It’s Lauren’s opinion that the current performance management system doesn’t hold leaders accountable for establishing cultures that look after employees well-being, and instead rewards leaders for the appearance of results at the cost of employee health and retention. According to her, the incentive structure of the current performance system for executives doesn’t take into account two critical points of data: systematic, annual upward feedback from employees for each executive, and external evidence corroborating what problems have been solved.
Attrition rates (coupled with exit interviews) should also factor into the assessment of whether or not executives are creating environments that reflect the Clerk’s vision for public service culture. She argues that it’s illogical to expect a culture shift in executive leadership until the incentive structure and the data gathered reflect the value shift towards healthy, high performing teams and evidence-based, user-centred service delivery.
So what should we make of all this?
We were so grateful for the opportunity to interview people who we believe embody a new model of public sector executive leadership. From what we heard in these interviews, we have drawn a few conclusions about how this new model might emerge and what it might look like.
While none of the executives we interviewed said it directly, we interpreted from their stories and our research that this kind of change, which has been discussed for decades, was unlikely to be led from within in the short to medium-term. Too many people have too much invested in the current system. The current global pandemic demonstrates how important external disruptions can be, as we are now seeing some changes happening at a pace that was unimaginable several months ago.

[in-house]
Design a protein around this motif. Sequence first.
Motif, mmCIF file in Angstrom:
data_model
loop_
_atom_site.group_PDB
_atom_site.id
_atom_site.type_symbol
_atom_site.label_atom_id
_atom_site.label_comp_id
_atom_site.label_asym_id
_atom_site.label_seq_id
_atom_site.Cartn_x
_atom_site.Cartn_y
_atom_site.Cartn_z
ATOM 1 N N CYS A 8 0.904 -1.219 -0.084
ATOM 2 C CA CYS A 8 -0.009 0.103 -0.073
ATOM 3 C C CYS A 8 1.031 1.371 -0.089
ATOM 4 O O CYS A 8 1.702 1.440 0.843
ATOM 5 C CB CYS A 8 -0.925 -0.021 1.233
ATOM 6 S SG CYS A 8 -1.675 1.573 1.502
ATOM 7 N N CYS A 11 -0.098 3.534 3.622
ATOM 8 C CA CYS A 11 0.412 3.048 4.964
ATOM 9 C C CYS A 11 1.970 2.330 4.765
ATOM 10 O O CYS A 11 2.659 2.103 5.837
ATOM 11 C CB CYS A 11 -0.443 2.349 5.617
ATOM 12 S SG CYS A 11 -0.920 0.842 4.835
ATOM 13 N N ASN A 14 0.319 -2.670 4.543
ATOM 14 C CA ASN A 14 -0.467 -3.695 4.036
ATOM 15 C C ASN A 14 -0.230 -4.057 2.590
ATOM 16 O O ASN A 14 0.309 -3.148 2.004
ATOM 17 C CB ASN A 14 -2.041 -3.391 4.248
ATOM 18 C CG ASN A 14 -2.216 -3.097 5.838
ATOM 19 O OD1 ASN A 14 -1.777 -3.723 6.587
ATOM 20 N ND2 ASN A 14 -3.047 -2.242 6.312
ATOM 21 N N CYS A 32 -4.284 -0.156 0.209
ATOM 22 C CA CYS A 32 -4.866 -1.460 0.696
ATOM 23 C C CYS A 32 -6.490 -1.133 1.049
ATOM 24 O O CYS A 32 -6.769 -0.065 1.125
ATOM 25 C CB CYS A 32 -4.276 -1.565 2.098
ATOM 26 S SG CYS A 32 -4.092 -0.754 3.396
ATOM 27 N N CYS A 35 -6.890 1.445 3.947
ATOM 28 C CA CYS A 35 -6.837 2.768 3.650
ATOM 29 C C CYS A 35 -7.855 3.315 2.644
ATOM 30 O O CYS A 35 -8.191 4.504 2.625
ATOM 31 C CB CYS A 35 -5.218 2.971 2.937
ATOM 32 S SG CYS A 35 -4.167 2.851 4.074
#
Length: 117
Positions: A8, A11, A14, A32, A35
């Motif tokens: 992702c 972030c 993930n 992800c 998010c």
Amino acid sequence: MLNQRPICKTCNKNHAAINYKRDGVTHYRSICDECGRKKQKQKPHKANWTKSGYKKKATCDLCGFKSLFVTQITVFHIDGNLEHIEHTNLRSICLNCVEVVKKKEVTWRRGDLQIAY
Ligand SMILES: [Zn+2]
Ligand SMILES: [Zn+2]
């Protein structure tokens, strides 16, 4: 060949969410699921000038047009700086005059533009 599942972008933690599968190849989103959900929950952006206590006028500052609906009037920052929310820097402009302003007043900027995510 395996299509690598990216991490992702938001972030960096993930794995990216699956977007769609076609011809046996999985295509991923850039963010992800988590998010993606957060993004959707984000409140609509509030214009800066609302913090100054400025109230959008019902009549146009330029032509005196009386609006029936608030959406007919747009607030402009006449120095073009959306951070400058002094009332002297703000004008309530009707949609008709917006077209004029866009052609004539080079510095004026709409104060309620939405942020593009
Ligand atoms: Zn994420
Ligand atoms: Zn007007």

We also believe that dramatic changes in the prevalent behaviours of those working in the system are most likely to come from changes to the rules and goals of the system itself. For example, we should consider redesigning our performance management system to prevent the people managing it from rewriting and editing the narratives in ways that serve them and allow poor leadership and toxic cultures. Our systems need to shift to emphasize a broad change in the beliefs and values that can enable a different future. Otherwise, we risk continuing the same patterns of behaviours we observed at the beginning of this article.